“Thinking made visual”

“Design is thinking made visual.”  — Saul Bass This quote cuts to the heart of what good design shows–when everything in a space just “clicks” and feels comfortable, it’s really because the design is just reflecting the philosophies and beliefs behind it clearly. How do we get to that point when redesigning educational spaces? Most importantly we get there by knowing, as the participants at the recent Reimagine:Ed conference discussed, how people learn.  And in a library, it’s about understanding how people learn in a […]

Research as play

Following up on my post on research and play a few days ago, this experiment described in a New York Times article today, “Powerhouse School District Reaches Beyond the Elite” is a perfect example of how authentic research can also incorporate play. At the middle school, the entire seventh grade is taking part in the science of sports project to fulfill the new research requirement. The students are creating a database of their individual running times, first in sneakers and then in alternate footwear, and […]

Playful spaces–some Friday whimsy

A little post about whimsy for a springtime Friday– Another way to add to a sense of play in the library is by using play in your library decor. You aren’t always in the position to remodel a library, but there are lots of ways to add whimsy to your library space. And especially at the high school level, there aren’t many places in the building that are whimsical, so it is something students really appreciate and it makes it feel more like their space. […]

“When the world is puddle-wonderful”

e.e. cummings “in Just spring.”    A puddle-wonderful trend has been rising up in blogs lately about playfulness in libraries, which is so serendipitously-excellent!   Unbeknownst to me when I wrote my own post about play, the Unquiet Librarian and Helene Blowers have both done inspiring work on this as well.  (far better than my post).  So I had to link back to both the Unquiet Librarian’s post, which includes some really thoughtful questions about using play in our work, and  to also include Helene Blower’s awesome Slideshare […]

Play and libraries

Libraries focus so much on the serious side of research, (though in actuality many librarians I know have a great sense of humor), that perhaps we neglect the role of play in learning and creative thinking. (Past the elementary level, that is). After spending some time yesterday in an online blog discussion of Whole New Mind with Maura Moritz’s classes at Arapahoe High School, I decided to take another look at the book’s chapter on play, a topic which has been on my mind quite […]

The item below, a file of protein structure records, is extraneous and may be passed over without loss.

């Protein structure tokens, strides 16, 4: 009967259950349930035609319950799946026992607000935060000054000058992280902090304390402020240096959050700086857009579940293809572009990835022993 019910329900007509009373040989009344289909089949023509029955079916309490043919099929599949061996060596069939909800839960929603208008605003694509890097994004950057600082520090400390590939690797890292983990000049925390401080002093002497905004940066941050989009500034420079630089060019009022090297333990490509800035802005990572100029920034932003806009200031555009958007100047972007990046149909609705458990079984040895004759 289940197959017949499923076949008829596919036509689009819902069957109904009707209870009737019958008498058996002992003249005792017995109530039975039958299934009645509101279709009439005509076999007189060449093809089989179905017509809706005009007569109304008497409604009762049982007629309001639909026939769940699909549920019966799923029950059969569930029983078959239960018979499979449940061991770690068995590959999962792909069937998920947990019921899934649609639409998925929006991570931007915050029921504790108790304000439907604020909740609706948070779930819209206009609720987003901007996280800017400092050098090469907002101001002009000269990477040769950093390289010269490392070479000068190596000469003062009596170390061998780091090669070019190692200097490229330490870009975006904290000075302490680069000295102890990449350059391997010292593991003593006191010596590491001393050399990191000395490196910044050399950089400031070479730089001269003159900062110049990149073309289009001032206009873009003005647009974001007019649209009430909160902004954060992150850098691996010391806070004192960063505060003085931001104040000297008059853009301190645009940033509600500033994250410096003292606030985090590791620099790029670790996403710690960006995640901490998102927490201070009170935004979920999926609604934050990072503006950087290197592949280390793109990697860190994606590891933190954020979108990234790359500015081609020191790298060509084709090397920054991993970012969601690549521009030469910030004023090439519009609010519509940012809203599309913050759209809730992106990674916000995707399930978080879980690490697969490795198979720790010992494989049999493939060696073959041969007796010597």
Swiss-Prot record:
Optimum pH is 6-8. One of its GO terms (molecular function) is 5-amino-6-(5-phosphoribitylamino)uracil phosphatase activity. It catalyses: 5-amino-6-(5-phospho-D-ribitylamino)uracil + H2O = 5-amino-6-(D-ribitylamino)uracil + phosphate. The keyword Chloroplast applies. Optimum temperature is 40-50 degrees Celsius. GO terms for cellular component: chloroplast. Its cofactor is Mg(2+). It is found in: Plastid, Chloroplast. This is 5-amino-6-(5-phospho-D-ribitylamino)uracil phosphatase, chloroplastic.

The library is everywhere

Recently, David Warlick had been exploring metaphors for the library, and has posited that librarians are like viruses,  “infecting their schools with the desire to evolve.”   While I think that is an interesting metaphor, I’m not sure I want to be a virus 😉 I had been thinking that the library is like a heart, permeating the body (school)with life giving substance, or that libraries are like the air, because with the internet, the library is everywhere, all the time, wherever you are. In his inspiring […]

Of cabbages and kings and random things…

A fun way to end my summer blogging today(I am back to work in the physical sense tomorrow!) — I was tagged by two folks for the 8 random things “meme” or game, including one high school blogger, Ethan Bodnar, and also by Clay Burrell.  Here are the rules: THE RULES 1. Post these rules before you give your facts. 2. List 8 random facts about yourself. 3. At the end of your post, choose (tag) 8 people and list their names, linking to them. 4. […]

Inviting students in

  Yesterday was a unique event which the library hosts every May — Dylan Day. If you aren’t familiar with it or aren’t from our campus, Dylan Day is a celebration of community and music, where teachers and students play and share Bob Dylan music for an entire day.   It is the brainchild of one of our English teachers, Bill Martin.  The library hosts it, moves out most of our furniture,  and closes for “normal activities” during the day, which is quite an undertaking. Why do we […]

The power of play

   I’m reaching the point in the school year where I’ve been driving hard and am getting pretty worn out, as I’m sure a lot of people are, even though I love what I’m doing. So I was really interested to run across this post at Fischbowl regarding the role of play in education.   Karl Fisch highlights a post by his school district’s CIO, Dan Maas, who beautifully illustrates how the love of something is often born from having time to “play” at it early on. In […]